For those of you who read my column last week about the qualities that make team superhero books great, the format of this article should be easy to follow. However, for those late to the party, I'll explain: in this series of columns, I'm going to take a deeper look into the qualities make certain genres of comics good.
While these lists aren't meant to be a checklist for writers to follow when exploring a new character, I felt that there were common threads among books that would separate the good from the bad. This week, I've decided to move on to analyze the teen superhero book and the qualities that makes certain examples great.
While I had a hard time finding a bad teen hero book that lasted longer than it should have, there are a number of titles that just seemed to hover around mediocre. However, there were certain things that I found that elevates titles like Invincible, Blue Beetle, Amazing Spider-Man and Static past the realm of "merely okay" into something more. You'll find the list below. Because really, if we can't recognize greatness, what's the point of analyzing comics?== TEASER ==
English poet John Donne once wrote "No man is an island, entire of itself; every man is a piece of the continent, a part of the main." This holds true in comics as it does any other medium, as the success of a character is often linked to his (or her) supporting cast. This is especially true in teen superhero books, as interactions with others in a time of social and physical development makes for great storytelling.
Similarly to how team books need various archetypes to make the cogs in the group work together, a teen book needs a rich supporting cast for the protagonist to bounce off of. Whether it's a best friend, a love interest, an arch-nemesis or a role model, a teen hero cannot thrive on his own. Part of what makes teen heroes so interesting is the fact that they're growing all the time, and having them do that by themselves runs the risk of having the lessons learned look a bit too unrealistic.
Much like how teenagers who think they know everything may keep making the same destructive mistakes, a teen hero without a supporting cast may come off as annoying, or have trouble conquering their problems.
While every teen doesn't go through huge helpings of drama, there's a good chance that they will face things that they have no idea how to handle. Besides problems that happen when "on the job," a good teen superhero book should have issues that real teens face.
However, it can be difficult to balance drama with a "regular" superhero plot line: writers must be careful, lest they turn their book into a "very special issue" month after month. Still, books have explored themes like suicide, sexual experimentation and peer pressure successfully before; letting them flood a book is a quick way to make things unrealistic.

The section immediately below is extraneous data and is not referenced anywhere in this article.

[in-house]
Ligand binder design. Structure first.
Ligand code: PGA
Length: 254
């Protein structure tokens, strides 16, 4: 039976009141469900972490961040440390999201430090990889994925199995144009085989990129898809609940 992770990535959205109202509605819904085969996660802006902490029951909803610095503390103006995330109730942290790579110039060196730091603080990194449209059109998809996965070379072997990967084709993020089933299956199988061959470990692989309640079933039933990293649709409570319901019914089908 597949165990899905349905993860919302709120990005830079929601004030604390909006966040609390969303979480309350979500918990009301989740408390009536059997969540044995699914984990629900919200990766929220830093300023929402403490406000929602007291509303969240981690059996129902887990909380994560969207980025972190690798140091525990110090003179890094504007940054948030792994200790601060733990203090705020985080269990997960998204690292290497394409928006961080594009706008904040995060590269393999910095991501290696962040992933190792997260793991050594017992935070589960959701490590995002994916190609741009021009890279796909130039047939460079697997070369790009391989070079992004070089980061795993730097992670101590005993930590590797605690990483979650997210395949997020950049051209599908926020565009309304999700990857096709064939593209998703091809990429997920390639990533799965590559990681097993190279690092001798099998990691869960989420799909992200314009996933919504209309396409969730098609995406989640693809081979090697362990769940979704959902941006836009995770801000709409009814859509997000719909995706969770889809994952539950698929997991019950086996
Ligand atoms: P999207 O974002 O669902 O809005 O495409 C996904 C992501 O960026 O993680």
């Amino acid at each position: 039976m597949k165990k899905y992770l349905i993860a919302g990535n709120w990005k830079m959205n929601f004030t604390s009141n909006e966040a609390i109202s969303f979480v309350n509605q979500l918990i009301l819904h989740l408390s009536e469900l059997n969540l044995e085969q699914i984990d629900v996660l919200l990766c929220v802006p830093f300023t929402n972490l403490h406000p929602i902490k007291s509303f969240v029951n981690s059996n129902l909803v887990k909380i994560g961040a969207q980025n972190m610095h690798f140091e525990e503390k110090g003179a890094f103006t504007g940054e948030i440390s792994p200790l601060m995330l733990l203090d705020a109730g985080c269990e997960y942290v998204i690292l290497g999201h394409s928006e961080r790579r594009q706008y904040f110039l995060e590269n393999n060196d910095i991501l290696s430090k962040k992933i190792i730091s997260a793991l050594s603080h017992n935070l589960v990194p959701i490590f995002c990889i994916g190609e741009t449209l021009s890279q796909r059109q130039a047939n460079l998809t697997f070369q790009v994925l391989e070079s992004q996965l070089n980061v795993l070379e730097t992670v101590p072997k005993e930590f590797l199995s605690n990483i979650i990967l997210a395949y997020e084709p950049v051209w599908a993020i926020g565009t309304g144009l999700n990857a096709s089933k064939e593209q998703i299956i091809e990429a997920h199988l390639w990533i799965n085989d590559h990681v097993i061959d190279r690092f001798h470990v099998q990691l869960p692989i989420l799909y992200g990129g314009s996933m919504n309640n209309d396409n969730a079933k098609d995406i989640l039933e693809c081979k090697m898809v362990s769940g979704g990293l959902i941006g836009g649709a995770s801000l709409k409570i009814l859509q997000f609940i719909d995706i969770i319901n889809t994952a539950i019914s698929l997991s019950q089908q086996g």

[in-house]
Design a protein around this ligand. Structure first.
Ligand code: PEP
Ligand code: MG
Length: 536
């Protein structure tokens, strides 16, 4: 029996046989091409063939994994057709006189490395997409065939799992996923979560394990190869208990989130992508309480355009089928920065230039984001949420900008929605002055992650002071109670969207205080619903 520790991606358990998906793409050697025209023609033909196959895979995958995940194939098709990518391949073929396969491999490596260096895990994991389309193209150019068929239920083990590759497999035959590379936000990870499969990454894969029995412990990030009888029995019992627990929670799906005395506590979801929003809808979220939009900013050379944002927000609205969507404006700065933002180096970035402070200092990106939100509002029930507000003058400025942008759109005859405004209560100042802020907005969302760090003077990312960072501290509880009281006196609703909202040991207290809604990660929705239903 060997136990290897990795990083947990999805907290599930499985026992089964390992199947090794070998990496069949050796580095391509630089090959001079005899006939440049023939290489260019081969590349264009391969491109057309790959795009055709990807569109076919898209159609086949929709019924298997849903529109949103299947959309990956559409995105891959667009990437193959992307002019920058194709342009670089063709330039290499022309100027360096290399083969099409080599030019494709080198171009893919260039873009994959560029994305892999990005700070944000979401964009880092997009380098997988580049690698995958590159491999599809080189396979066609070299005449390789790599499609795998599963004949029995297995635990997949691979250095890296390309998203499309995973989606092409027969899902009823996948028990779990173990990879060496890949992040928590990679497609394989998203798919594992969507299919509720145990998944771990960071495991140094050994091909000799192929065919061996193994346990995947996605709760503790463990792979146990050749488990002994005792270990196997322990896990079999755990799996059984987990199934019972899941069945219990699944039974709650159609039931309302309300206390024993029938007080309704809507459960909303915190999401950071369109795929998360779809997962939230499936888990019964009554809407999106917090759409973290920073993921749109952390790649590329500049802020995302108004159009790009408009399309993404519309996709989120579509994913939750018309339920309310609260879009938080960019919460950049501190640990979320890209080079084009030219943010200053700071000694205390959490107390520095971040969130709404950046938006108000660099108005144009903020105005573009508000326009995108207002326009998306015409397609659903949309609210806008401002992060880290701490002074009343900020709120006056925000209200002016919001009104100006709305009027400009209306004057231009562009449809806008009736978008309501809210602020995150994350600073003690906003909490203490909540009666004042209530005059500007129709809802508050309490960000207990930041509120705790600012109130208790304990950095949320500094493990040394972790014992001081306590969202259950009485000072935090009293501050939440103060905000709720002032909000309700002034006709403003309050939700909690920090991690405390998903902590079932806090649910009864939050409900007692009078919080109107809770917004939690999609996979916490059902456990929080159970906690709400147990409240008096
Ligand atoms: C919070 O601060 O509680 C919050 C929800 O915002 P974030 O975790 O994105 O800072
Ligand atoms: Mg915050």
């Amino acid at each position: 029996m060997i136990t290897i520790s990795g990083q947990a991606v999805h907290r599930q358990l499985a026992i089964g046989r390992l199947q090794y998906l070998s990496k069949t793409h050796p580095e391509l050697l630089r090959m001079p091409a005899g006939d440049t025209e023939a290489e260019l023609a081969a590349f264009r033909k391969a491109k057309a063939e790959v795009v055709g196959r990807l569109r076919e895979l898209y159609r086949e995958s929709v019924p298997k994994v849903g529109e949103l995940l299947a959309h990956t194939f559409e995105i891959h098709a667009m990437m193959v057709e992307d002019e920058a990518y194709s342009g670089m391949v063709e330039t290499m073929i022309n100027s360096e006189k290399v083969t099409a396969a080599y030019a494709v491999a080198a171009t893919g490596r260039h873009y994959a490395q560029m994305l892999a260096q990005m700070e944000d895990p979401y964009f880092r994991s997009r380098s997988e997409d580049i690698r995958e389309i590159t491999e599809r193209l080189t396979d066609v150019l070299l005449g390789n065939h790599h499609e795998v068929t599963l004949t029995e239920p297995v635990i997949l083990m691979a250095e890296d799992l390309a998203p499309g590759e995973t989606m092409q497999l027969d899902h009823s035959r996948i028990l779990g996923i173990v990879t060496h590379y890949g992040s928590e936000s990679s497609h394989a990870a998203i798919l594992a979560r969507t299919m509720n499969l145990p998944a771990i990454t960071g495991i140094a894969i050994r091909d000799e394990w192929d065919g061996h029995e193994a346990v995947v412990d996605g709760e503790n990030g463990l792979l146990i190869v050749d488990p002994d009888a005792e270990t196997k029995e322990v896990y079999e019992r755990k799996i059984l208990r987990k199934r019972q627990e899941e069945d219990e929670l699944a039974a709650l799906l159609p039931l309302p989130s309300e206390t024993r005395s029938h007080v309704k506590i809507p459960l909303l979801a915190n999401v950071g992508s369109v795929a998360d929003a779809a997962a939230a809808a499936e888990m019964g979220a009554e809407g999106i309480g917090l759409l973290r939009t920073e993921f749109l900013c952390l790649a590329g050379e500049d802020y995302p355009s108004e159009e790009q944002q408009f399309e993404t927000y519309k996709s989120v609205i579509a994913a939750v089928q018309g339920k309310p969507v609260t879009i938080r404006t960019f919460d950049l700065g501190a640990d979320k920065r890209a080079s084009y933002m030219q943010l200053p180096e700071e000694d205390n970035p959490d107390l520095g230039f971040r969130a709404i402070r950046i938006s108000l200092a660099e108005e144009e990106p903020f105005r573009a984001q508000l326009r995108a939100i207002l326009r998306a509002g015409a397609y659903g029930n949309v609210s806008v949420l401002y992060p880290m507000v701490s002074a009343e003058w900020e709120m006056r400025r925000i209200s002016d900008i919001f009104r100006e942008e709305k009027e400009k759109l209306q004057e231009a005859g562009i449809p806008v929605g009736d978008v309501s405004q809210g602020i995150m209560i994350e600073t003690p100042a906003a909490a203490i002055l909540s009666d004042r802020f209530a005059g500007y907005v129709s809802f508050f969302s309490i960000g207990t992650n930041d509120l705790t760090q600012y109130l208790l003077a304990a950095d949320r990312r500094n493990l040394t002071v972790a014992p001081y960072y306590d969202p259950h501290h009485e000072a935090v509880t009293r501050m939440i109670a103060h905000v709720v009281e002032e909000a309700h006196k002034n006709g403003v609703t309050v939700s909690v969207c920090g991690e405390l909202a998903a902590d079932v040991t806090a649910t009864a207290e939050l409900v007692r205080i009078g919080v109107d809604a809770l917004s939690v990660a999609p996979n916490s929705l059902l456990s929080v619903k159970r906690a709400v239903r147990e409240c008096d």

Part of the appeal of teen superheroes is the juxtaposition between a "real" life and the life of a costumed crime-fighter; having the protagonist balance both is key to the understanding of the book. This doesn't mean that they have to react in a normal way, however: characters like Cassandra Cain highlight their lack of a "normal" teenage life by the way they react to otherwise mundane situations.
The Passage of Time
While awkwardness is a big part of the teen superhero genre, no one likes a character that is mired in the mud, unable to move forward. Part of what makes teen characters great is that we get to grow with them. We are there for their creation as unstable, reckless youth, and we get to see them evolve into someone a little more capable and confident.
Characters who remain stuck in one place for too long run the danger of becoming stale with the audience: making the same mistake over and over again rarely makes for compelling storytelling.
Instead, we must be given a sense of progress, even if the teenage isn't going to grow up right away. In some cases, we can see the passage of time quite literally, like the evolution of Dick Grayson from Robin to Nightwing to Batman. Other times, the flow is more subtle, like Mark Grayson's transition from high school student to college dropout to intergalactic warrior.
Even still, characters may not grow physically at all, like Jaime Reyes, but the transition from awkward teen to confident hero is evident.
Part of what makes teen superheroes great is that it harkens back to a time when everything was still new and waiting to be discovered. Teen heroes are competent enough to handle themselves, but vulnerable enough to be overwhelmed by issues that they have no idea how to face. There's a good potential for drama because they there's a lack of confidence and certainty that only comes with age.
As always, this list isn't meant to be definitive: the bottom line is that a book will be great depending on how a writer interprets these tropes and uses them to his/her advantage. A book hitting all these bases can still be boring if there isn't a good writer backing them up; hopefully creative souls, like the ones behind DC's relaunch of Young Justice, Static, Blue Beetle and the Legion of Super-Heroes, will keep us reliving our high school days for decades to come.